Once the preserve of mavericks, hippies and survivalists, there are now approximately 200,000 off-grid households in the US, a figure that Perez says has been increasing by a third every year for the past decade. In addition, nearly 30,000 grid-connected US households supplement their supply with renewables, according to the non-profit Interstate Renewable Energy Council. In the UK there are around 40,000 off-grid homes.
The average UK household uses around 4500 kilowatt-hours (kWh) of electricity annually, plus some 18,000 kWh of gas for cooking, hot water and domestic heating. In the US the figure varies considerably from region to region. For example, households in New York City use around 4700 kWh a year, whereas those in Dallas use 16,100 kWh: there are a lot of air conditioners in Texas. In chillier regions where people use gas for heating and cooking, on the other hand, they can burn up an extra 28,000 kWh or so per household.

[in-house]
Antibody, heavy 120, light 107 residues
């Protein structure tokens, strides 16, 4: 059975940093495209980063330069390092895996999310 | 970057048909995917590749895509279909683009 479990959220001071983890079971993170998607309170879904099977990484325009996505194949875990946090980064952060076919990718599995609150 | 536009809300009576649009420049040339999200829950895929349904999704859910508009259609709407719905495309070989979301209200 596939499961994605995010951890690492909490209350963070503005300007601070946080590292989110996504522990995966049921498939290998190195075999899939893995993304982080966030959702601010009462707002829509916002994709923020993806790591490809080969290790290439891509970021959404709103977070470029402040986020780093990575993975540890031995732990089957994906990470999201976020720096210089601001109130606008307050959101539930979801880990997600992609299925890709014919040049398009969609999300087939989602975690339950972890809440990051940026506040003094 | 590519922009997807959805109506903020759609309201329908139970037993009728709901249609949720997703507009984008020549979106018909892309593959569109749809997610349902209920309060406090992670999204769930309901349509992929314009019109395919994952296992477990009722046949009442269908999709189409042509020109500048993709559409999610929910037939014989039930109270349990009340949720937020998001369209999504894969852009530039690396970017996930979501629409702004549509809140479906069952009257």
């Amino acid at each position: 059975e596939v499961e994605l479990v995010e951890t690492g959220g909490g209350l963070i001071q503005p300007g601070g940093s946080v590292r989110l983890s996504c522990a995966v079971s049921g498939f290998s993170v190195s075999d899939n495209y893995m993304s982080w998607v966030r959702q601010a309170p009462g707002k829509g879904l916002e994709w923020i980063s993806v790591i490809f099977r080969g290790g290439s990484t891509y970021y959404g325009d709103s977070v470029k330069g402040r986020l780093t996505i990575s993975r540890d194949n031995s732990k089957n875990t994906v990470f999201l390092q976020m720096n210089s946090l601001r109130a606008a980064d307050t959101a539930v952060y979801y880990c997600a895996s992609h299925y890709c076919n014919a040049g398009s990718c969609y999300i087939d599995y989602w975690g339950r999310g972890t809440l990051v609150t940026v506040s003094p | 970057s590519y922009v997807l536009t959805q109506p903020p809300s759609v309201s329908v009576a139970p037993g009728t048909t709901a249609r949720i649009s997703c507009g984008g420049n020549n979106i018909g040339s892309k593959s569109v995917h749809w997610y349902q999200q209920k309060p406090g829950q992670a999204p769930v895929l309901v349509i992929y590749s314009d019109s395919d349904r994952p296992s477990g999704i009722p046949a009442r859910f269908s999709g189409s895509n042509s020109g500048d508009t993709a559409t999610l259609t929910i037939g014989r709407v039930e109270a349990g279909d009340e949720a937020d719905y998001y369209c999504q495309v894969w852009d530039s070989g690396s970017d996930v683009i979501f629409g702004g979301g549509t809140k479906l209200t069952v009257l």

Interesting to see. Not as bad as we might have thought. The real problem is the land and energy required to run the infrastructure (emergency services, manufacturing, food production, roads, electric, communications) for a first-world economy.